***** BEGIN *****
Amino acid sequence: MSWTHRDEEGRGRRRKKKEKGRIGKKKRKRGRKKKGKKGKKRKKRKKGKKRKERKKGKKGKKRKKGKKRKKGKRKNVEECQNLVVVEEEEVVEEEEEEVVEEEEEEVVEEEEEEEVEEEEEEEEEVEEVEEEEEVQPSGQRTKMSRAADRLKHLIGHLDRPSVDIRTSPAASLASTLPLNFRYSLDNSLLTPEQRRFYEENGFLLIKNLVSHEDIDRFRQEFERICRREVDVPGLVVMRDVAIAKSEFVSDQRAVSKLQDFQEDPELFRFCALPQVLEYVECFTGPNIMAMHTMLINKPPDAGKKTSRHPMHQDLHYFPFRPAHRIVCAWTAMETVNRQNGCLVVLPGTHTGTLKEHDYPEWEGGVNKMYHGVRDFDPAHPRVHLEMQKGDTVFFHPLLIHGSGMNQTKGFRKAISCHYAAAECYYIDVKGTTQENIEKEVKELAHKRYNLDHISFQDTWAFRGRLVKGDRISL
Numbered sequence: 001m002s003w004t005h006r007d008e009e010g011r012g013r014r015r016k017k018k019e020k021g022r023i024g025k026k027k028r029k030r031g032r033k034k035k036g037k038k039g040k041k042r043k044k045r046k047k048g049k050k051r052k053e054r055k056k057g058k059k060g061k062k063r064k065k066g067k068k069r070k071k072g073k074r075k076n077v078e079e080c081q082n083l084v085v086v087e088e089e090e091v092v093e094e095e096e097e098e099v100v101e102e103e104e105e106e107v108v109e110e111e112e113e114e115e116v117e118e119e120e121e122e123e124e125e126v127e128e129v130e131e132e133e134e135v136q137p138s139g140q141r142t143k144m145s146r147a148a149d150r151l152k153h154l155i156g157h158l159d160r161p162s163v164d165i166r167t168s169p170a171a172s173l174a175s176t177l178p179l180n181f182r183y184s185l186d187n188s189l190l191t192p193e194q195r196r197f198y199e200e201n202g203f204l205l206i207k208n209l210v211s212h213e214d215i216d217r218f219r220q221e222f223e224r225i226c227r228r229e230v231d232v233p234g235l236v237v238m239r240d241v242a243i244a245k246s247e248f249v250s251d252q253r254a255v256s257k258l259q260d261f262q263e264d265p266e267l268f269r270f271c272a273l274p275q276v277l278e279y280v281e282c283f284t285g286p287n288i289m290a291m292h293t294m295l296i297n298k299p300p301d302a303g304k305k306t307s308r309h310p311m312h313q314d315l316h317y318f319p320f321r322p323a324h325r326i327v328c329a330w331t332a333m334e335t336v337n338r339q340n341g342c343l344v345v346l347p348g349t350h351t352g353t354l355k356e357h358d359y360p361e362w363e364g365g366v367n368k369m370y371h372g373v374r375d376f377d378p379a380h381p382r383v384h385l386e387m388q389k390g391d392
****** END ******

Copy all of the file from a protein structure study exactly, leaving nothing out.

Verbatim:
Amino acid sequence: MSWTHRDEEGRGRRRKKKEKGRIGKKKRKRGRKKKGKKGKKRKKRKKGKKRKERKKGKKGKKRKKGKKRKKGKRKNVEECQNLVVVEEEEVVEEEEEEVVEEEEEEVVEEEEEEEVEEEEEEEEEVEEVEEEEEVQPSGQRTKMSRAADRLKHLIGHLDRPSVDIRTSPAASLASTLPLNFRYSLDNSLLTPEQRRFYEENGFLLIKNLVSHEDIDRFRQEFERICRREVDVPGLVVMRDVAIAKSEFVSDQRAVSKLQDFQEDPELFRFCALPQVLEYVECFTGPNIMAMHTMLINKPPDAGKKTSRHPMHQDLHYFPFRPAHRIVCAWTAMETVNRQNGCLVVLPGTHTGTLKEHDYPEWEGGVNKMYHGVRDFDPAHPRVHLEMQKGDTVFFHPLLIHGSGMNQTKGFRKAISCHYAAAECYYIDVKGTTQENIEKEVKELAHKRYNLDHISFQDTWAFRGRLVKGDRISL
Numbered sequence: 001m002s003w004t005h006r007d008e009e010g011r012g013r014r015r016k017k018k019e020k021g022r023i024g025k026k027k028r029k030r031g032r033k034k035k036g037k038k039g040k041k042r043k044k045r046k047k048g049k050k051r052k053e054r055k056k057g058k059k060g061k062k063r064k065k066g067k068k069r070k071k072g073k074r075k076n077v078e079e080c081q082n083l084v085v086v087e088e089e090e091v092v093e094e095e096e097e098e099v100v101e102e103e104e105e106e107v108v109e110e111e112e113e114e115e116v117e118e119e120e121e122e123e124e125e126v127e128e129v130e131e132e133e134e135v136q137p138s139g140q141r142t143k144m145s146r147a148a149d150r151l152k153h154l155i156g157h158l159d160r161p162s163v164d165i166r167t168s169p170a171a172s173l174a175s176t177l178p179l180n181f182r183y184s185l186d187n188s189l190l191t192p193e194q195r196r197f198y199e200e201n202g203f204l205l206i207k208n209l210v211s212h213e214d215i216d217r218f219r220q221e222f223e224r225i226c227r228r229e230v231d232v233p234g235l236v237v238m239r240d241v242a243i244a245k246s247e248f249v250s251d252q253r254a255v256s257k258l259q260d261f262q263e264d265p266e267l268f269r270f271c272a273l274p275q276v277l278e279y280v281e282c283f284t285g286p287n288i289m290a291m292h293t294m295l296i297n298k299p300p301d302a303g304k305k306t307s308r309h310p311m312h313q314d315l316h317y318f319p320f321r322p323a324h325r326i327v328c329a330w331t332a333m334e335t336v337n338r339q340n341g342c343l344v345v346l347p348g349t350h351t352g353t354l355k356e357h358d359y360p361e362w363e364g365g366v367n368k369m370y371h372g373v374r375d376f377d378p379a380h381p382r383v384h385l386e387m388q389k390g391d392